If you’re itching to embark on a national park adventure in NSW, you’ve come to the right state.
Almost 10 percent of NSW is now protected in national parks.
National park visits are one of the most popular forms of nature-based travel activity in NSW for a good reason.
The sites are incubators for native plant communities, stages for our favourite wildlife, picturesque settings of beauty and fertile lands of heritage and culture.
Whether your bag is bushwalking, BBQing, boating or bibliophilia, when you stay at Song Hotel’s recently revamped digs, you’re spoilt for foresty attractions.
Some are right in the heart of the metropolitan area and others are not far beyond.
Here are four of the best.
The Royal National Park
It takes a lot more than one day to fully experience the Royal National Park but, if that’s all the time you have, one heck of a day awaits.
When the Royal National Park was established in 1879, it joined the USA’s Yellowstone as the world’s only existing national parks.
The popular destination, situated about 30km south of Sydney, is 15,000-plus hectares of heathland, rainforest, estuarine systems and woodlands.
It plays home to wildlife including kookaburras, lyrebirds and echidnas, expansive reaches of eucalypt forest and dramatic beachscapes.
Bungoona Lookout is idyllic if you like bird watching. Wattamolla Waterfall is a paradisiacal vista to relish as its force spills into the stillness of the Wattamolla lagoon below. And Pool Flat picnic area is a charmed riverside locale to unroll your hamper and clink glasses.
If you’re feeling active, there are 100km of walking tracks to make the park accessible. You also have a surplus of swimming, surfing, kayaking and fishing options to dive into.
Although getting to the park entails only a short road trip from the centre of Sydney, you’ll feel like you’re a lifetime away when you get your first headful of the Royal National Park’s serenity.
Ku-ring-gai Chase National Park
The history of Ku-ring-gai Chase National Park is a lot uglier than the natural beauty that characterises the park.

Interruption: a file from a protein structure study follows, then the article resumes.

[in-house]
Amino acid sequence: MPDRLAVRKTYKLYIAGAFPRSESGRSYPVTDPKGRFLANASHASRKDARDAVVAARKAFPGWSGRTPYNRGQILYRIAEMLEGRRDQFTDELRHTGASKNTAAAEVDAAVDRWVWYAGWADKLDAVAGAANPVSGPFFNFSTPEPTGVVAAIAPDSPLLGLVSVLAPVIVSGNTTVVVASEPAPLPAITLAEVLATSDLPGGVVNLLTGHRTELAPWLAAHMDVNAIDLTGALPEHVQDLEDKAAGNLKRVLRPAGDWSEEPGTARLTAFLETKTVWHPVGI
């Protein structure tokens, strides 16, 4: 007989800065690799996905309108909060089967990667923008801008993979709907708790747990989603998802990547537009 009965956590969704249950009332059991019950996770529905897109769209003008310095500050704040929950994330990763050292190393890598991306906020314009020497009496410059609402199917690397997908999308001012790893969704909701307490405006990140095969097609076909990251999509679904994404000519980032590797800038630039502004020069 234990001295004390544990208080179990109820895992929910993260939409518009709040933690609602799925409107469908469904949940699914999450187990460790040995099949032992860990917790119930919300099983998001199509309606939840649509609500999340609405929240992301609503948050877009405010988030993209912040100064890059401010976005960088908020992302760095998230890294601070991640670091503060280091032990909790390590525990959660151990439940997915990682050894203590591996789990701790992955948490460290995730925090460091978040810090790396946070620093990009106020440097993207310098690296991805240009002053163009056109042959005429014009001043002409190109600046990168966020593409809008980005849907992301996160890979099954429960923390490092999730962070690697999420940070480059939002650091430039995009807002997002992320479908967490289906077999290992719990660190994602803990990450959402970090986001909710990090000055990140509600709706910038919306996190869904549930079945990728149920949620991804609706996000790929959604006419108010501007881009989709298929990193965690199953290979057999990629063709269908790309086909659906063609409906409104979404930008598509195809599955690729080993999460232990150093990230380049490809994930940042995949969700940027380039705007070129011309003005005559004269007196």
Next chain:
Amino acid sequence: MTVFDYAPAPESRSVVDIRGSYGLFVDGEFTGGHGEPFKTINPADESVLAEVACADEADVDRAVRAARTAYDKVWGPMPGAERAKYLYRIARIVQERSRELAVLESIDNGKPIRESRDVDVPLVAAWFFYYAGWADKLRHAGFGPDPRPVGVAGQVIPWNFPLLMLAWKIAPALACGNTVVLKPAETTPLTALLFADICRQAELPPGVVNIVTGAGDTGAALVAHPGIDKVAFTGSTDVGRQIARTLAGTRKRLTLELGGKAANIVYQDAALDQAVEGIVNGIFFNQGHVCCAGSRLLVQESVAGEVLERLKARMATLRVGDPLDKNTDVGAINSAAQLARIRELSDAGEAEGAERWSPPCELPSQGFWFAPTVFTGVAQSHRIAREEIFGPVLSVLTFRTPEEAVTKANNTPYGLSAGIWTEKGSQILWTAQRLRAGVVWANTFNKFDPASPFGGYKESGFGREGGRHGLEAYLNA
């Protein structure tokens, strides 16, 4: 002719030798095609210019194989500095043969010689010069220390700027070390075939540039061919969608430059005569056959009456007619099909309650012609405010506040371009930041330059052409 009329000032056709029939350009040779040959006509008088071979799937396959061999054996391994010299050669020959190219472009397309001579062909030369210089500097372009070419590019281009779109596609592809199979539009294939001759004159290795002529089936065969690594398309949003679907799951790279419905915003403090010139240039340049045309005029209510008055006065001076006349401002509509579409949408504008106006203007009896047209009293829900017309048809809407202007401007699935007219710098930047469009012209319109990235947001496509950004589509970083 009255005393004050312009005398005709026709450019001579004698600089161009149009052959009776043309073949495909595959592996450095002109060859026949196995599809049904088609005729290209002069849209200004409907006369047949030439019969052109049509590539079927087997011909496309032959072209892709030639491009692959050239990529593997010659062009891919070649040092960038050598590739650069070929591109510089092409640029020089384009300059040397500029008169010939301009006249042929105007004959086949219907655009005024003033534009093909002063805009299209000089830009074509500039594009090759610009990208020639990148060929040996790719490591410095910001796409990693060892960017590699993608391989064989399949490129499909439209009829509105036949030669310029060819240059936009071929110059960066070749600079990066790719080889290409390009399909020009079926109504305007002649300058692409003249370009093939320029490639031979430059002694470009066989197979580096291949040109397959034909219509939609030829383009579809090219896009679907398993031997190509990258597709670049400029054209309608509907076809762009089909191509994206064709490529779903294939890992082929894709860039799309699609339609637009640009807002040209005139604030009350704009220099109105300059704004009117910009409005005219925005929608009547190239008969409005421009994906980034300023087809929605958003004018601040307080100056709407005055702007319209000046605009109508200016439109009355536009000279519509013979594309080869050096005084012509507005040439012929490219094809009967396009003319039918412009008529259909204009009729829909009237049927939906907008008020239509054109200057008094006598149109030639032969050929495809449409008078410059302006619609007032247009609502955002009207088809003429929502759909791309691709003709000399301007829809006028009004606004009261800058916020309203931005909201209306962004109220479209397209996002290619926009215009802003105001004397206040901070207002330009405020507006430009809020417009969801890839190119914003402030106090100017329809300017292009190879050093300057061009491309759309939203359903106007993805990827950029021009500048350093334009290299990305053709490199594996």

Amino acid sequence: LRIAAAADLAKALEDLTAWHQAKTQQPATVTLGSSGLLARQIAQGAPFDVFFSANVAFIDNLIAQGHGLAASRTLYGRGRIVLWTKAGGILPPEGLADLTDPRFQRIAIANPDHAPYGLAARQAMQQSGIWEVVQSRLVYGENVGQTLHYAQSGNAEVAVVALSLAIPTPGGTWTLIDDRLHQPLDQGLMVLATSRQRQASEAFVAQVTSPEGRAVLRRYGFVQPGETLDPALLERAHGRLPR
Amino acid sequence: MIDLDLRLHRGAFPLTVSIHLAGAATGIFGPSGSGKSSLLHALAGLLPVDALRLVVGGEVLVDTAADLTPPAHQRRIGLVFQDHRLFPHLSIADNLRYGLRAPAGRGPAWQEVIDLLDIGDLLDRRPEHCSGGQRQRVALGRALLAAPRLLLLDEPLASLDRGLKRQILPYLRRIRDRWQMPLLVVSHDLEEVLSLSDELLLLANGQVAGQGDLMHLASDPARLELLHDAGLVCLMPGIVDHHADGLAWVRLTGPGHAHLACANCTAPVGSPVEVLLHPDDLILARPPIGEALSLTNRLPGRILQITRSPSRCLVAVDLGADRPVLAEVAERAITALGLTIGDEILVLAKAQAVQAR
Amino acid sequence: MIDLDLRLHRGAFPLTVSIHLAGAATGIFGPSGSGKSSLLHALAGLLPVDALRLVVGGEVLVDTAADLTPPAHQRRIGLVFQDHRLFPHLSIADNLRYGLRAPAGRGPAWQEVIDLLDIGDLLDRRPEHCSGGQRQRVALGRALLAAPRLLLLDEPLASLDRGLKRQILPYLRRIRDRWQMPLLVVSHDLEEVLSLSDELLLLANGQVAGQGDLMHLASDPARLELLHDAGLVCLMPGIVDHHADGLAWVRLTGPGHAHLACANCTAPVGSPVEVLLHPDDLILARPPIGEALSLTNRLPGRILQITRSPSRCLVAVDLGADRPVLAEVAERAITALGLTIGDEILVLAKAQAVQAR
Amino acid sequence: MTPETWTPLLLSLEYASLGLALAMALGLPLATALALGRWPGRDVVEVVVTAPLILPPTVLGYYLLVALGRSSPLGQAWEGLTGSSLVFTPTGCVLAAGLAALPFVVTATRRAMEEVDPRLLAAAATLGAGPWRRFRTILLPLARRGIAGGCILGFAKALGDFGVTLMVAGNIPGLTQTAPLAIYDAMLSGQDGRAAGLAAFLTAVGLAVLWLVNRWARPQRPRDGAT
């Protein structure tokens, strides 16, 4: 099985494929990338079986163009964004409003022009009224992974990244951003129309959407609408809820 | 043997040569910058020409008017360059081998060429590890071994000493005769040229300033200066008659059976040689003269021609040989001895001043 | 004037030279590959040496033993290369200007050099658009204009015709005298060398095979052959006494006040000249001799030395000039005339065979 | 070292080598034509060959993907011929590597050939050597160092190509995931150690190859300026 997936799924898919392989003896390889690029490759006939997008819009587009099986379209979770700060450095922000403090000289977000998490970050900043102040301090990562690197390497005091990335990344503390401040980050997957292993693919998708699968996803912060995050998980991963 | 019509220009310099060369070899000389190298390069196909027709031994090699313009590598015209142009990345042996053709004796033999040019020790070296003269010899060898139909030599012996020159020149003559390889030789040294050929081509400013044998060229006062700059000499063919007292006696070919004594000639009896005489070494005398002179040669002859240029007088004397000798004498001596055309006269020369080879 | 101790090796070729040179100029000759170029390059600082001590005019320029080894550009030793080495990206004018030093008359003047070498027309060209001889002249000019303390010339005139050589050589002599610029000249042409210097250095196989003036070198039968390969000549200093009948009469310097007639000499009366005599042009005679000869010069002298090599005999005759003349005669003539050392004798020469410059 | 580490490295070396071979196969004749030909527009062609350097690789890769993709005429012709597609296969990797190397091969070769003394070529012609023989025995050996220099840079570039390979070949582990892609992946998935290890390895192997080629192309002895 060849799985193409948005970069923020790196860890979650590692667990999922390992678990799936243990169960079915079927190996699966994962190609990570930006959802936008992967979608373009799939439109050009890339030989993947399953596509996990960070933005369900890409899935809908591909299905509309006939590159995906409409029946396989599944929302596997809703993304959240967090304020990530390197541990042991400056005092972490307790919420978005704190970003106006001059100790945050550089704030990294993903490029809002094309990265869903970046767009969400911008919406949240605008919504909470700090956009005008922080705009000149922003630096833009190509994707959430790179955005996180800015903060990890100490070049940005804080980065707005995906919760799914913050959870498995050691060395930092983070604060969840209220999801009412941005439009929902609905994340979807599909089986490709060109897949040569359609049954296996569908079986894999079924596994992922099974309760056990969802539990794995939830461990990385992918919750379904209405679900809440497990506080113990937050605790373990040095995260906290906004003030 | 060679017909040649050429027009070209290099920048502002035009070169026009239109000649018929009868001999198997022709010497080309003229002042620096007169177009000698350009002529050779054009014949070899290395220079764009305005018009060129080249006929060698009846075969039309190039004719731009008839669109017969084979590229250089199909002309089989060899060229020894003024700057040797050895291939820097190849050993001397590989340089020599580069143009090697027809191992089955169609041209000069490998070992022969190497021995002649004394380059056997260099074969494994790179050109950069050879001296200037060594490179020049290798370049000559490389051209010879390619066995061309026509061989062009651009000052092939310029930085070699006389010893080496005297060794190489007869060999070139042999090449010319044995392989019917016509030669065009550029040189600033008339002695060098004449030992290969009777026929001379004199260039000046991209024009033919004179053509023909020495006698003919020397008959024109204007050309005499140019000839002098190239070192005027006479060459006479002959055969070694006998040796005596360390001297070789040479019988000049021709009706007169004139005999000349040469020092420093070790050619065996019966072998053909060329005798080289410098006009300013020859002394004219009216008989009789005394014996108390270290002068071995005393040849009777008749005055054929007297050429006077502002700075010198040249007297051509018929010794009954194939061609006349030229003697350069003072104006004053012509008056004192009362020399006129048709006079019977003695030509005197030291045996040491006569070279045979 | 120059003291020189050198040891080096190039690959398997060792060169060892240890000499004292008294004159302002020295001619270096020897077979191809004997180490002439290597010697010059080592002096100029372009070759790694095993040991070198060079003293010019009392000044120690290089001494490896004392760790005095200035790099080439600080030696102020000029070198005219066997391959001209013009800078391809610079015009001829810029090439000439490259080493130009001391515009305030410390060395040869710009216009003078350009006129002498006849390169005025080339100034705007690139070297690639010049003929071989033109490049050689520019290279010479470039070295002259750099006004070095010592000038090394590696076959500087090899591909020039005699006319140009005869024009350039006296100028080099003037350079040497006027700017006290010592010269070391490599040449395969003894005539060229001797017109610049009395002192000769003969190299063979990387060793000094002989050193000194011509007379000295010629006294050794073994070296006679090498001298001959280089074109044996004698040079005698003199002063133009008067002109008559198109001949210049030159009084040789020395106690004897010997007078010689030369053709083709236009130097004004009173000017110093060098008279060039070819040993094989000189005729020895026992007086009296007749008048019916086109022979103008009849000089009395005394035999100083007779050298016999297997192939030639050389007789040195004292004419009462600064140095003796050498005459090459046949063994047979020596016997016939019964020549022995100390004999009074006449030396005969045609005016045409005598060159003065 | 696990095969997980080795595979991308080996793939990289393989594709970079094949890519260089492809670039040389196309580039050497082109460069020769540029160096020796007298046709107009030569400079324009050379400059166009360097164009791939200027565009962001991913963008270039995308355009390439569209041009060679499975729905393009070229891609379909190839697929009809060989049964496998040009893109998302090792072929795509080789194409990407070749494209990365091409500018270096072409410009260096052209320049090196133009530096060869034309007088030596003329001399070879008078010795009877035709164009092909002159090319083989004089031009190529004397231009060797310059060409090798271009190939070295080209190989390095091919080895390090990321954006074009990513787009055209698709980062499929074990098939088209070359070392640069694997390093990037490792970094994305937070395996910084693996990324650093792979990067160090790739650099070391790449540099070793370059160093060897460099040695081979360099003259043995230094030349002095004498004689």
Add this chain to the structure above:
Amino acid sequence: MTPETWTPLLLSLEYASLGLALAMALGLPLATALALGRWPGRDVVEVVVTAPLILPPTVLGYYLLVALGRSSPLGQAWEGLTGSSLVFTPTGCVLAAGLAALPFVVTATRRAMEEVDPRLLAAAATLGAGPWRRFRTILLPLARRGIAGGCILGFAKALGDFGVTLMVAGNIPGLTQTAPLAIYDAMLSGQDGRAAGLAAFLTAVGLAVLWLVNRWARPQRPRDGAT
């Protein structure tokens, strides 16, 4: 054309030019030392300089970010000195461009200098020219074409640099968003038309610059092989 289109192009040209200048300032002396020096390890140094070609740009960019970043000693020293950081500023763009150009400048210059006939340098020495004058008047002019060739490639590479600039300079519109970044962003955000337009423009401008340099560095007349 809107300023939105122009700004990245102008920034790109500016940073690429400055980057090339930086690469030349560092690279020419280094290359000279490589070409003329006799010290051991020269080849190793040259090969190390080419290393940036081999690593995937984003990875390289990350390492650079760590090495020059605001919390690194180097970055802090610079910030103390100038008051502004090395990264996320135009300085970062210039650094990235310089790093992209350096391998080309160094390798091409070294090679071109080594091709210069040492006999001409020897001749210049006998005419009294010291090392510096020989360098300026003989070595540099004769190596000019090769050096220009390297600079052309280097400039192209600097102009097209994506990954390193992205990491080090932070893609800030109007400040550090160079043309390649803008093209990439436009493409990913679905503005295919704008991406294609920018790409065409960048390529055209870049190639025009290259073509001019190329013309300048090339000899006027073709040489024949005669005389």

The Guringai people almost entirely succumbed to smallpox in the 18th century and violent colonisation in the early 19th century.
Ku-ring-gai was declared in 1894.
Australia’s second-oldest national park, it is a major locale of Aboriginal heritage, with 800 preserved sites that heavily feature rock paintings and cave art.
The picturesque Broken Bay and Pittwater all gleam from the park’s various elevated vantage points and a scenic mix of creeks, rainforest and mangroves sets the scene for experiences such as mountain biking, hiking and boating.
It’s a good idea to stop for lunch too. The Bobbin Inn cafe does a wood fire in the winter and offers paddle boat hire and ferry cruises. There are kiosks for pretty pit stops and plenty of picnic areas to immerse yourself in the park’s grandiose ambience.
Sydney Harbour National Park
This mix of sheltered beaches, harbour islands, aquatic reserves and military forts takes a lot of getting to know but there’s plenty you’ll want to get to know.
Sydney Harbour National Park is 390 hectares of parkland loved for prized views of a Harbour that stretches to the Sydney skyline.
The national park has been developed progressively since it was established in 1975.
Nielsen Park, a popular recreation area featuring the postcard-like Shark Beach, is a grassy haven for a picnic. North Head’s heath-dressed clifftops have Instagram outlooks. And Bradleys Head features the Bradleys Head Lighthouse, an iconic white tower that welcomes ships to city.
Whether you’re pining to watch endangered populations of little penguins and red-crowned toadlets, edge along a slew of walking trails or try your hand at kayaking, Sydney Harbour National Park will keep you as busy as you please.
Wolli Creek National Park
Wolli Creek National Park is a good example of why you needn’t leave Sydney to spend time in the bush. This diminutive land is the site to test out your bushwalking capabilities if you want to experience minty scenery without running the risk of getting lost and getting wondering where the rescue crew is.
It will take you about 30 minutes to complete the Wolli Creek walking track.
Wolli Creek’s sprawl of grassland, bushland, gullies, mangroves and salt marshes houses a thriving ghetto of birdlife that was joined by the arrival of grey-headed flying foxes about a decade ago.
At the end of the walking track, Girrahween picnic area is a great place to spread out amongst the eucalypts. Once you’re mini-odyssey sparks your appetite, it’s time to get the BBQ facilities firing.